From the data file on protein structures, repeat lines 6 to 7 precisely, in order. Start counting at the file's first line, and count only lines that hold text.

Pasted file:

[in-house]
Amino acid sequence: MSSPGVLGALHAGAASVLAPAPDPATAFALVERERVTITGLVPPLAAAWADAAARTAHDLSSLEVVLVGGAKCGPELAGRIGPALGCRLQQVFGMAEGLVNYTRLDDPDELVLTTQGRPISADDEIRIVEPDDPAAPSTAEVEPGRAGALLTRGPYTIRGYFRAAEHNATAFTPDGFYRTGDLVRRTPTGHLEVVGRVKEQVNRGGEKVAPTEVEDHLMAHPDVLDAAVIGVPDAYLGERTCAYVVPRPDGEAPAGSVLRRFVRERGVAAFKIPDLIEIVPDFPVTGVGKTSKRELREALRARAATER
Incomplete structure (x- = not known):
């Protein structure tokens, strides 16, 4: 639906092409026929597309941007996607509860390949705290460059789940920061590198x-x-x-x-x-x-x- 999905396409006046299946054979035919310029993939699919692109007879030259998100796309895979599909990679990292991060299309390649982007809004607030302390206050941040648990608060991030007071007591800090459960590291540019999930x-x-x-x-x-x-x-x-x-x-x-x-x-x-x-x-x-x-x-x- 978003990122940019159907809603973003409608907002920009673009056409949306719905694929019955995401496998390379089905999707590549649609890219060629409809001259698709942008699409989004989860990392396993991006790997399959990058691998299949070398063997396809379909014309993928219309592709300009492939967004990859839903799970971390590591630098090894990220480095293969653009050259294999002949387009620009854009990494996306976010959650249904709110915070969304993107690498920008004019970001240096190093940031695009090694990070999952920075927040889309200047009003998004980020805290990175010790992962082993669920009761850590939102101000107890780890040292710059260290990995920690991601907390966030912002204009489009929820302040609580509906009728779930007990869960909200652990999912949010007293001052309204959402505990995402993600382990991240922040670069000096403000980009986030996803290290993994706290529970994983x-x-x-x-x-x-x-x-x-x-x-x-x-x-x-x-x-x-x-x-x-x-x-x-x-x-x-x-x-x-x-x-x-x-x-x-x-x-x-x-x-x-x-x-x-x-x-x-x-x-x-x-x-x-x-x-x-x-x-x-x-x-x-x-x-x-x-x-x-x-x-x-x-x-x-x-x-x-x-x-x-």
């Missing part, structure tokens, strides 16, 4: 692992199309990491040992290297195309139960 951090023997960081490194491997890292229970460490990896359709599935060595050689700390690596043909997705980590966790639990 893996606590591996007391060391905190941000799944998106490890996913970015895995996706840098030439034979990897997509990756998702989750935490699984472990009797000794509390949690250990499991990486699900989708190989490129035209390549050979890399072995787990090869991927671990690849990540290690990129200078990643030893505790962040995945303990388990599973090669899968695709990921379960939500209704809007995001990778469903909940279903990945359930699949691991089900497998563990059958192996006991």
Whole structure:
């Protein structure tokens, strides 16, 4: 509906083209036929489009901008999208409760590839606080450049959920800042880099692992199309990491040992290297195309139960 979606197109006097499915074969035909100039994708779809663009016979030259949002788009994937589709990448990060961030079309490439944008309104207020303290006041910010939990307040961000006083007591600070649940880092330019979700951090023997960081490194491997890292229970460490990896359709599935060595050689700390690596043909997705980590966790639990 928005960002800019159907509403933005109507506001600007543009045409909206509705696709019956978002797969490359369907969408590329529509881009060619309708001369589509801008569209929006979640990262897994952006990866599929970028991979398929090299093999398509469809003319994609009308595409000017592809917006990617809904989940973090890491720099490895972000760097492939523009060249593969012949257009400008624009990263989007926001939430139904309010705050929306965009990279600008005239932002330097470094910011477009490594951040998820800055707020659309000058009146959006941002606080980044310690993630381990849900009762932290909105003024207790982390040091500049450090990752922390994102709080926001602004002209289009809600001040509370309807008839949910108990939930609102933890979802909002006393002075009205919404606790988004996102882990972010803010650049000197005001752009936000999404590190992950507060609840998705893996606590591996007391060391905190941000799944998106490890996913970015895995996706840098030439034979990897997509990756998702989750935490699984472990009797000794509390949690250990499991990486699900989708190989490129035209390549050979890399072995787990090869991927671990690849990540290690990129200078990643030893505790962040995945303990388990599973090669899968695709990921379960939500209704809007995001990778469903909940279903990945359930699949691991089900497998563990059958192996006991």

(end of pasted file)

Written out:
Whole structure:
């Protein structure tokens, strides 16, 4: 509906083209036929489009901008999208409760590839606080450049959920800042880099692992199309990491040992290297195309139960 979606197109006097499915074969035909100039994708779809663009016979030259949002788009994937589709990448990060961030079309490439944008309104207020303290006041910010939990307040961000006083007591600070649940880092330019979700951090023997960081490194491997890292229970460490990896359709599935060595050689700390690596043909997705980590966790639990 928005960002800019159907509403933005109507506001600007543009045409909206509705696709019956978002797969490359369907969408590329529509881009060619309708001369589509801008569209929006979640990262897994952006990866599929970028991979398929090299093999398509469809003319994609009308595409000017592809917006990617809904989940973090890491720099490895972000760097492939523009060249593969012949257009400008624009990263989007926001939430139904309010705050929306965009990279600008005239932002330097470094910011477009490594951040998820800055707020659309000058009146959006941002606080980044310690993630381990849900009762932290909105003024207790982390040091500049450090990752922390994102709080926001602004002209289009809600001040509370309807008839949910108990939930609102933890979802909002006393002075009205919404606790988004996102882990972010803010650049000197005001752009936000999404590190992950507060609840998705893996606590591996007391060391905190941000799944998106490890996913970015895995996706840098030439034979990897997509990756998702989750935490699984472990009797000794509390949690250990499991990486699900989708190989490129035209390549050979890399072995787990090869991927671990690849990540290690990129200078990643030893505790962040995945303990388990599973090669899968695709990921379960939500209704809007995001990778469903909940279903990945359930699949691991089900497998563990059958192996006991």